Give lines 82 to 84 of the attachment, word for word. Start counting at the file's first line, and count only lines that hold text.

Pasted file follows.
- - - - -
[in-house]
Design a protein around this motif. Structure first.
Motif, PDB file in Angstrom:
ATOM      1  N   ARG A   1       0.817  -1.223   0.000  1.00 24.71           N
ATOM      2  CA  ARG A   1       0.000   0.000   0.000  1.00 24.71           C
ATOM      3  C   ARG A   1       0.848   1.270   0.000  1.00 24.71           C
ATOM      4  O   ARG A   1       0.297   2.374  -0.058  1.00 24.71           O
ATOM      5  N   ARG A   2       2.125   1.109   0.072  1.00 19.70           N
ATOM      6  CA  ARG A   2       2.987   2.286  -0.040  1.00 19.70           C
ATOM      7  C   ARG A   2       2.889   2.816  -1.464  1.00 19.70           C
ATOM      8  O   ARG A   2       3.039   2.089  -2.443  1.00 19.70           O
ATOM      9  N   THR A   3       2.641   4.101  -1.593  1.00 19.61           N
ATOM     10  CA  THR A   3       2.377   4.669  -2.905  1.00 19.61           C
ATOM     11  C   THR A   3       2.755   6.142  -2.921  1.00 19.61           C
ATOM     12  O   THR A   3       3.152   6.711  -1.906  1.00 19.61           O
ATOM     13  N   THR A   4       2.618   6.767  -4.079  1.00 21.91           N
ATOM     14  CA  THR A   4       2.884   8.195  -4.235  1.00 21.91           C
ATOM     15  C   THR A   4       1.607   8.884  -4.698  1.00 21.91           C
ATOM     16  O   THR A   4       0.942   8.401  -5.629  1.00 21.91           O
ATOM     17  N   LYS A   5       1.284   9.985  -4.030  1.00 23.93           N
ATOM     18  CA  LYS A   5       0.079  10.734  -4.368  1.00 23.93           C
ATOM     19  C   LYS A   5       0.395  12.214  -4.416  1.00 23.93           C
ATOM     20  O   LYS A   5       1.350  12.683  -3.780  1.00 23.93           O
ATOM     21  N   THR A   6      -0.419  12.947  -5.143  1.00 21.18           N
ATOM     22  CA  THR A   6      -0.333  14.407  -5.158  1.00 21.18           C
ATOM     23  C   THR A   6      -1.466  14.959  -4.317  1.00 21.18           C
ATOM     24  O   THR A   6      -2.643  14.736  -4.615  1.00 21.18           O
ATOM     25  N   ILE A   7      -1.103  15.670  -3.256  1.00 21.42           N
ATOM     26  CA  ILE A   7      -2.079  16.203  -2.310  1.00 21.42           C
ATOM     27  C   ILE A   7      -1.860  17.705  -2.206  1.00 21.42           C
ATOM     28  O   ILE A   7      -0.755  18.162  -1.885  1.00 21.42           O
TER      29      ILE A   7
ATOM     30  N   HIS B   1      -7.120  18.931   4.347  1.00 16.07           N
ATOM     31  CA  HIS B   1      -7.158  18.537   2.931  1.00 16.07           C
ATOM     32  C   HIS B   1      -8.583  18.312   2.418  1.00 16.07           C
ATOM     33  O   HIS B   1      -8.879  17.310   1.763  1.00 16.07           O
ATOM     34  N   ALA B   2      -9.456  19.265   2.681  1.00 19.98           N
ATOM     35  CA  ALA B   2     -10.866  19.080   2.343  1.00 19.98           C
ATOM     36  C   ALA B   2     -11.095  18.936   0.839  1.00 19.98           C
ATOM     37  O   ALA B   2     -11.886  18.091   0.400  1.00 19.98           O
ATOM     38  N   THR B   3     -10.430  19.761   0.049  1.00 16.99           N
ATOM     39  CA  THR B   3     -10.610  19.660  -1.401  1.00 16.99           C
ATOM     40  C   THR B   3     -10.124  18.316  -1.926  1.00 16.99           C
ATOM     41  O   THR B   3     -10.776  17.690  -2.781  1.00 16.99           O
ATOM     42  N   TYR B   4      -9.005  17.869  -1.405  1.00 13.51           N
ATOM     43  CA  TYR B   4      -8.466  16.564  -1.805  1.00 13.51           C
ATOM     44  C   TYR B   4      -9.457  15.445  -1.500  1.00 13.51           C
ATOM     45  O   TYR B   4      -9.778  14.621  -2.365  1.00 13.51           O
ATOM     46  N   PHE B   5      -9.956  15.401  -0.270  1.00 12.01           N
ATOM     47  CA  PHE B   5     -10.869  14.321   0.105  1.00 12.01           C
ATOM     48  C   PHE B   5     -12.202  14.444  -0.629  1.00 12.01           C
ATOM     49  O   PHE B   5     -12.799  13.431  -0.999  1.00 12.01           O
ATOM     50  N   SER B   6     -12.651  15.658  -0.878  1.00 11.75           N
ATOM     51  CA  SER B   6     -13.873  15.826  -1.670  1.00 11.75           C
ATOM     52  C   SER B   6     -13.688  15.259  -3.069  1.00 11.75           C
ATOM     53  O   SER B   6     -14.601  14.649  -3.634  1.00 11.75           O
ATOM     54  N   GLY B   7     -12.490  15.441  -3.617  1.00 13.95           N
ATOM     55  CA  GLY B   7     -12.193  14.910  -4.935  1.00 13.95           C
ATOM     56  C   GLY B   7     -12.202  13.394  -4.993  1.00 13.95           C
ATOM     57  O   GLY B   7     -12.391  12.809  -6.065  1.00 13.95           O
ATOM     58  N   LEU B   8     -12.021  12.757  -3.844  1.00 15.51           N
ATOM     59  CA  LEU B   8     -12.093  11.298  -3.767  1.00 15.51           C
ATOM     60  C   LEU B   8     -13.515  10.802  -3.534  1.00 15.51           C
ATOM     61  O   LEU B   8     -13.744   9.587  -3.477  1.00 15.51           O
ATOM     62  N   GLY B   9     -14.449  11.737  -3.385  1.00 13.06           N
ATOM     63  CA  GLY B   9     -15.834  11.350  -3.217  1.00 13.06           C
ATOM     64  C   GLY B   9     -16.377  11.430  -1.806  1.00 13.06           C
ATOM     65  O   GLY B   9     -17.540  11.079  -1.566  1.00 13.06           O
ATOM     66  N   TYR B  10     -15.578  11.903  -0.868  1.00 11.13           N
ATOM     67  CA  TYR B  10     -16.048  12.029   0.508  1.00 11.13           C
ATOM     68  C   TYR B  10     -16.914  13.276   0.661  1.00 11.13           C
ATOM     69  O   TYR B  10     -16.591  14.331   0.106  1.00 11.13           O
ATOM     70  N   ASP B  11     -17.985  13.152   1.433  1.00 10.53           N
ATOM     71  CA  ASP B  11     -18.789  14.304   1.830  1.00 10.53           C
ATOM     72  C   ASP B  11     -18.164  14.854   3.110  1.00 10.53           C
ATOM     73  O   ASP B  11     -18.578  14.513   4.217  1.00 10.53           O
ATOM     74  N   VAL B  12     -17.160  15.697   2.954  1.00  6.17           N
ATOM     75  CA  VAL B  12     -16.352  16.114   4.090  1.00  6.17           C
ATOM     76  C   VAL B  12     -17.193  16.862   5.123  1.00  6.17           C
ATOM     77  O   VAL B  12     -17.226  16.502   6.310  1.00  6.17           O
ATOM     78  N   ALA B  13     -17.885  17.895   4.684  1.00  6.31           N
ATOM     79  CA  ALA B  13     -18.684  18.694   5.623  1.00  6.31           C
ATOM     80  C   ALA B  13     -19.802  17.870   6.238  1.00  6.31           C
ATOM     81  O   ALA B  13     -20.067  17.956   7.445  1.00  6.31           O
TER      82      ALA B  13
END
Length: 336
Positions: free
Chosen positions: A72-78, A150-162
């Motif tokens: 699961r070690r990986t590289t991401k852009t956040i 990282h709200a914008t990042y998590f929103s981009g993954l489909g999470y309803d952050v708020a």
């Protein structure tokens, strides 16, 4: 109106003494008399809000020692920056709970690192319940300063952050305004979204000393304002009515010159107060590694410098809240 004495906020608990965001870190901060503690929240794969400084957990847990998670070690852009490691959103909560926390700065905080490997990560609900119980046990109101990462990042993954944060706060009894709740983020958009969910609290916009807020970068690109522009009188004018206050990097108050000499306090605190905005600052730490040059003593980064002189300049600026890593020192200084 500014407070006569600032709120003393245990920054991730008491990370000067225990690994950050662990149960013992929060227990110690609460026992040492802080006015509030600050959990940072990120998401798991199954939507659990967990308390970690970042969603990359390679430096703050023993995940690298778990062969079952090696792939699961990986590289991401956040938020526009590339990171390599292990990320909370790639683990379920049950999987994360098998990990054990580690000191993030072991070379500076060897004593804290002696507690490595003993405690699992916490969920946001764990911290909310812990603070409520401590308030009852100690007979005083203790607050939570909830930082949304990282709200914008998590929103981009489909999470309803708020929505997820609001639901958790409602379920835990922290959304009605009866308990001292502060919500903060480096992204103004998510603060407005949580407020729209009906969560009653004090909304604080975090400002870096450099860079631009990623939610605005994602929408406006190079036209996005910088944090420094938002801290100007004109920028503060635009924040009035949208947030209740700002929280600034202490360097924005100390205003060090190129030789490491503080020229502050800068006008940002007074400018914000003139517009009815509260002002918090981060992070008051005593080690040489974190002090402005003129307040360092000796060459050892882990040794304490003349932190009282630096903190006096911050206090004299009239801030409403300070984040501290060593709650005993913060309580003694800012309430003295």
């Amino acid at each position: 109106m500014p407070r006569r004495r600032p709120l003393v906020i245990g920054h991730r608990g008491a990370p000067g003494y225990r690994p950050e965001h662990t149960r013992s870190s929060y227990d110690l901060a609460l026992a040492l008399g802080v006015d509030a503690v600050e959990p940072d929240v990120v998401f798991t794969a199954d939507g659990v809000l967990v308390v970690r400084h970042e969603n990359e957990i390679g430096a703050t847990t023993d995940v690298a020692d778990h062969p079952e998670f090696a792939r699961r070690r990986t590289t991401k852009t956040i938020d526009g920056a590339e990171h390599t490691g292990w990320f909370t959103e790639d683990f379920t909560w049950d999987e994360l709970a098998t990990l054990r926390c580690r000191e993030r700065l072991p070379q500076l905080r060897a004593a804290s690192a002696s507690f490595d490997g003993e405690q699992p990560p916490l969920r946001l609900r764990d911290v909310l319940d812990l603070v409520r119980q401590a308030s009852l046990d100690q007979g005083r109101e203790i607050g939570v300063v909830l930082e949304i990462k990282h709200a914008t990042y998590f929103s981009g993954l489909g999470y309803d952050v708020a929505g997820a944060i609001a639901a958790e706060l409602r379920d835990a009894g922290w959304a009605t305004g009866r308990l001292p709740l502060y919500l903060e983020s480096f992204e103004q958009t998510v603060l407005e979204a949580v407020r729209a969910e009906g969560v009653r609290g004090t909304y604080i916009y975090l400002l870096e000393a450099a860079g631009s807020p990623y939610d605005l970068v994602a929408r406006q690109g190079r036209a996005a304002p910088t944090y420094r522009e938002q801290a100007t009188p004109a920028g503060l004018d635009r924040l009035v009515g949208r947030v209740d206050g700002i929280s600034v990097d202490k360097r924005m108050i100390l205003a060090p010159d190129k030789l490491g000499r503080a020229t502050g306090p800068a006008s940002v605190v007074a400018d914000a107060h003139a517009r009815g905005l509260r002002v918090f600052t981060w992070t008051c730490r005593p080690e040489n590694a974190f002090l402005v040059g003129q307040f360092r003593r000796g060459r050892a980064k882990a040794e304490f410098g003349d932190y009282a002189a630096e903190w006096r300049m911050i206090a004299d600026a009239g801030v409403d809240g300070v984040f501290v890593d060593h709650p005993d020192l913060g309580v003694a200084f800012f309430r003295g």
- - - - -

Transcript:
ATOM     79  CA  ALA B  13     -18.684  18.694   5.623  1.00  6.31           C
ATOM     80  C   ALA B  13     -19.802  17.870   6.238  1.00  6.31           C
ATOM     81  O   ALA B  13     -20.067  17.956   7.445  1.00  6.31           O